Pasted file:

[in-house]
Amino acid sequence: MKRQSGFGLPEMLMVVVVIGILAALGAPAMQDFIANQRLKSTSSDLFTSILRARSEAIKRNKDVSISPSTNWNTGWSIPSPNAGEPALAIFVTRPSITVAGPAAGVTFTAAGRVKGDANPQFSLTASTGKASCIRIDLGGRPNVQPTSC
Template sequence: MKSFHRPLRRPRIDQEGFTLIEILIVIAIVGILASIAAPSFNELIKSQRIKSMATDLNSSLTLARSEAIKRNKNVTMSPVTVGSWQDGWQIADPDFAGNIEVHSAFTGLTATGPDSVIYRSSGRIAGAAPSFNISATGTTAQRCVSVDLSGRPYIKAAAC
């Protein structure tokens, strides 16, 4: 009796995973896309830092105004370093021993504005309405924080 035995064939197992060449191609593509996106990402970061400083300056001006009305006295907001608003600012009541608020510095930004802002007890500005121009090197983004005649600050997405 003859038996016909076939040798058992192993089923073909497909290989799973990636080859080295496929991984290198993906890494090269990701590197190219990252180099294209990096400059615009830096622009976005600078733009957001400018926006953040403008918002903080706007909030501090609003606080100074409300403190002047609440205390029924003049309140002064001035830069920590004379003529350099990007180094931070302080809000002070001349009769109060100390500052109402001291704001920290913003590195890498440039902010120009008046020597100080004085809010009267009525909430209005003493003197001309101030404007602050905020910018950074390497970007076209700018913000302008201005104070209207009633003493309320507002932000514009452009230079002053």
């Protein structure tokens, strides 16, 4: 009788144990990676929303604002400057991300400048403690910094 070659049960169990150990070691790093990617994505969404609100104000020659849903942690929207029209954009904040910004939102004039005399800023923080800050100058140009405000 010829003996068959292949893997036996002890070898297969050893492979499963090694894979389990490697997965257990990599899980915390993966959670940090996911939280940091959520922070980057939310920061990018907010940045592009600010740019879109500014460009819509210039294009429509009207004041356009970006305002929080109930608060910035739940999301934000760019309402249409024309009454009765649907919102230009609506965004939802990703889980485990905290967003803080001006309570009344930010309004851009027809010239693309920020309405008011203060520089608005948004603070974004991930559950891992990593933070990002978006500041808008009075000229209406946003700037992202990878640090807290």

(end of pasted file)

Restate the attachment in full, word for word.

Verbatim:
[in-house]
Amino acid sequence: MKRQSGFGLPEMLMVVVVIGILAALGAPAMQDFIANQRLKSTSSDLFTSILRARSEAIKRNKDVSISPSTNWNTGWSIPSPNAGEPALAIFVTRPSITVAGPAAGVTFTAAGRVKGDANPQFSLTASTGKASCIRIDLGGRPNVQPTSC
Template sequence: MKSFHRPLRRPRIDQEGFTLIEILIVIAIVGILASIAAPSFNELIKSQRIKSMATDLNSSLTLARSEAIKRNKNVTMSPVTVGSWQDGWQIADPDFAGNIEVHSAFTGLTATGPDSVIYRSSGRIAGAAPSFNISATGTTAQRCVSVDLSGRPYIKAAAC
């Protein structure tokens, strides 16, 4: 009796995973896309830092105004370093021993504005309405924080 035995064939197992060449191609593509996106990402970061400083300056001006009305006295907001608003600012009541608020510095930004802002007890500005121009090197983004005649600050997405 003859038996016909076939040798058992192993089923073909497909290989799973990636080859080295496929991984290198993906890494090269990701590197190219990252180099294209990096400059615009830096622009976005600078733009957001400018926006953040403008918002903080706007909030501090609003606080100074409300403190002047609440205390029924003049309140002064001035830069920590004379003529350099990007180094931070302080809000002070001349009769109060100390500052109402001291704001920290913003590195890498440039902010120009008046020597100080004085809010009267009525909430209005003493003197001309101030404007602050905020910018950074390497970007076209700018913000302008201005104070209207009633003493309320507002932000514009452009230079002053």
């Protein structure tokens, strides 16, 4: 009788144990990676929303604002400057991300400048403690910094 070659049960169990150990070691790093990617994505969404609100104000020659849903942690929207029209954009904040910004939102004039005399800023923080800050100058140009405000 010829003996068959292949893997036996002890070898297969050893492979499963090694894979389990490697997965257990990599899980915390993966959670940090996911939280940091959520922070980057939310920061990018907010940045592009600010740019879109500014460009819509210039294009429509009207004041356009970006305002929080109930608060910035739940999301934000760019309402249409024309009454009765649907919102230009609506965004939802990703889980485990905290967003803080001006309570009344930010309004851009027809010239693309920020309405008011203060520089608005948004603070974004991930559950891992990593933070990002978006500041808008009075000229209406946003700037992202990878640090807290």